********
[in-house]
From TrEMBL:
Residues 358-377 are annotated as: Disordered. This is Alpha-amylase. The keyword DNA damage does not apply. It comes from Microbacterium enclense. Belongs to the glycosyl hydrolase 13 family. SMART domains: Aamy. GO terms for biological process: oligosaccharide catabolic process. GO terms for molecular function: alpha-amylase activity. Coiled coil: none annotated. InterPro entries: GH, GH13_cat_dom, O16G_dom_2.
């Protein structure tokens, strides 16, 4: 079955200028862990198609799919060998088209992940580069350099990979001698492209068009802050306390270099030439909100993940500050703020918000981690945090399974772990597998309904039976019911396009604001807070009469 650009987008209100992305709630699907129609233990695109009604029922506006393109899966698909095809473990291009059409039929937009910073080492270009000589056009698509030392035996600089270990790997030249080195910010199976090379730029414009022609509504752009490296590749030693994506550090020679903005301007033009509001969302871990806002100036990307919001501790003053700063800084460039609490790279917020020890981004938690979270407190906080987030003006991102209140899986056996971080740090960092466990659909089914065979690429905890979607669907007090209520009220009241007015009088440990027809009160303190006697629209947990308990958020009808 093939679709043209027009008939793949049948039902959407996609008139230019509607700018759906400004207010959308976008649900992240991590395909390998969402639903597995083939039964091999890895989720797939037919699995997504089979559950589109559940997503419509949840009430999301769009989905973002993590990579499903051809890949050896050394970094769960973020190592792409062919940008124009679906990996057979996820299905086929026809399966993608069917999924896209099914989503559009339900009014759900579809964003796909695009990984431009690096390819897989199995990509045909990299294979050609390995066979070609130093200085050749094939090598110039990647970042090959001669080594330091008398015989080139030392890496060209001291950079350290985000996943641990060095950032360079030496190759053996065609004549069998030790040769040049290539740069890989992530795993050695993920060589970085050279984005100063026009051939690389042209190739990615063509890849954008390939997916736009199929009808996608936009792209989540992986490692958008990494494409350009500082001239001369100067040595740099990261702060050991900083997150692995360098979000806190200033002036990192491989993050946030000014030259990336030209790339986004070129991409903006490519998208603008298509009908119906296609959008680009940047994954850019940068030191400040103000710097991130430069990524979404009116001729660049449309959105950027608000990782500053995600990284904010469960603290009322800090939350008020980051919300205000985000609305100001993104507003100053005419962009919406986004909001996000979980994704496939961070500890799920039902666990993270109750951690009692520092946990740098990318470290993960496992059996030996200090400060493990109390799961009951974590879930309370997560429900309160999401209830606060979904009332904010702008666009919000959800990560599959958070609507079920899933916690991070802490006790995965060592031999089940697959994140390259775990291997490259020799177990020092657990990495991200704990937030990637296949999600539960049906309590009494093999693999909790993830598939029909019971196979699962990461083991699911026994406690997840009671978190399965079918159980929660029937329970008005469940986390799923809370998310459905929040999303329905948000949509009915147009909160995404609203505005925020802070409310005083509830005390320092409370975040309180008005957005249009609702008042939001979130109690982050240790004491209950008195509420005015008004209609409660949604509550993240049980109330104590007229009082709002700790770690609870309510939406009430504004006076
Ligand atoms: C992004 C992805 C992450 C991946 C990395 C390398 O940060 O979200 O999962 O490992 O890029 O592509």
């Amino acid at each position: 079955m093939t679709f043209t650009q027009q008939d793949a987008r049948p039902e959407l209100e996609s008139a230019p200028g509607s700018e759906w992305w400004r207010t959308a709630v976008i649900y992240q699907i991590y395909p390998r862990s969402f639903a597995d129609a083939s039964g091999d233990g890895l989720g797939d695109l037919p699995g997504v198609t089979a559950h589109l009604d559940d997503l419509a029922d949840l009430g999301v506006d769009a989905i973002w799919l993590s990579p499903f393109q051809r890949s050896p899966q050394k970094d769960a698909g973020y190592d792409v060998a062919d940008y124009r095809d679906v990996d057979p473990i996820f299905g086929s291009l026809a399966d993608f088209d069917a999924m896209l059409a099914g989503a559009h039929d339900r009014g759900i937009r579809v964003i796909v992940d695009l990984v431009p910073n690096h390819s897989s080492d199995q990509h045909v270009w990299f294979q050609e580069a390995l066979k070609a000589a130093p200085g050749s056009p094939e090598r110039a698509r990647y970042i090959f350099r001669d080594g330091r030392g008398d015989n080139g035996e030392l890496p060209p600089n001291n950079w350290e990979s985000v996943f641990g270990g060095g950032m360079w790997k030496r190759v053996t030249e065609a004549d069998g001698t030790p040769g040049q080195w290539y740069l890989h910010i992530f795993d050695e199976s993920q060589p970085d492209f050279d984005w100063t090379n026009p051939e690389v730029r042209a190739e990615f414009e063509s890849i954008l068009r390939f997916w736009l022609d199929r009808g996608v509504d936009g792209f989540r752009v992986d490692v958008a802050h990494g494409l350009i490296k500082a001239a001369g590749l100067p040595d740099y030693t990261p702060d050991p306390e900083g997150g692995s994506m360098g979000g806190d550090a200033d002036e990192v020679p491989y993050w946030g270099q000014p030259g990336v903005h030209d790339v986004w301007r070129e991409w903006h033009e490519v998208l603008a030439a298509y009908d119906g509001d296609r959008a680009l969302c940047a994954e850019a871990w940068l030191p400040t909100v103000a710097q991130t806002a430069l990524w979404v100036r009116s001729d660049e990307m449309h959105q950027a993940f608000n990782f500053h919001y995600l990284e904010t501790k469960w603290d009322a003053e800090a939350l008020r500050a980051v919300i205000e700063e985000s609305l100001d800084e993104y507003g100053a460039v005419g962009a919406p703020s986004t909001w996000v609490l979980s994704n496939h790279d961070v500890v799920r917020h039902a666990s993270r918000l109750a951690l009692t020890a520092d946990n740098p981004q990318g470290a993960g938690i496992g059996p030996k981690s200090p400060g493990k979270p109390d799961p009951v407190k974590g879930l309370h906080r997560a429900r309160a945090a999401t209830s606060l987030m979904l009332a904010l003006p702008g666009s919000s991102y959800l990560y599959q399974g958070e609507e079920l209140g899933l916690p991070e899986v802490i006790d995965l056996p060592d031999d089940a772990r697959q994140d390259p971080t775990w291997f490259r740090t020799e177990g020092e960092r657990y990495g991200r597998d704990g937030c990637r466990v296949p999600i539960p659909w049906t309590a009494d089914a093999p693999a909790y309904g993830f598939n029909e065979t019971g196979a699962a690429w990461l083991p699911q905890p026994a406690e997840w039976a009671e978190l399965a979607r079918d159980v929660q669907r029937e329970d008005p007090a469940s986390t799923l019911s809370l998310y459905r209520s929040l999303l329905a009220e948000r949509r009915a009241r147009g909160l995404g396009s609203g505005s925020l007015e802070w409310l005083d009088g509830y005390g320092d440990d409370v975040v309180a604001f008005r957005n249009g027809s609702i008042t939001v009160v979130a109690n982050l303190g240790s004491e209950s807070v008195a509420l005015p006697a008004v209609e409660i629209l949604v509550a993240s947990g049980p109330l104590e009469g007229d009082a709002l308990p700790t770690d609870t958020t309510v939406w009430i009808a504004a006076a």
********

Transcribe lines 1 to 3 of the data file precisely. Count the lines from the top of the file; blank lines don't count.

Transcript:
[in-house]
From TrEMBL:
Residues 358-377 are annotated as: Disordered. This is Alpha-amylase. The keyword DNA damage does not apply. It comes from Microbacterium enclense. Belongs to the glycosyl hydrolase 13 family. SMART domains: Aamy. GO terms for biological process: oligosaccharide catabolic process. GO terms for molecular function: alpha-amylase activity. Coiled coil: none annotated. InterPro entries: GH, GH13_cat_dom, O16G_dom_2.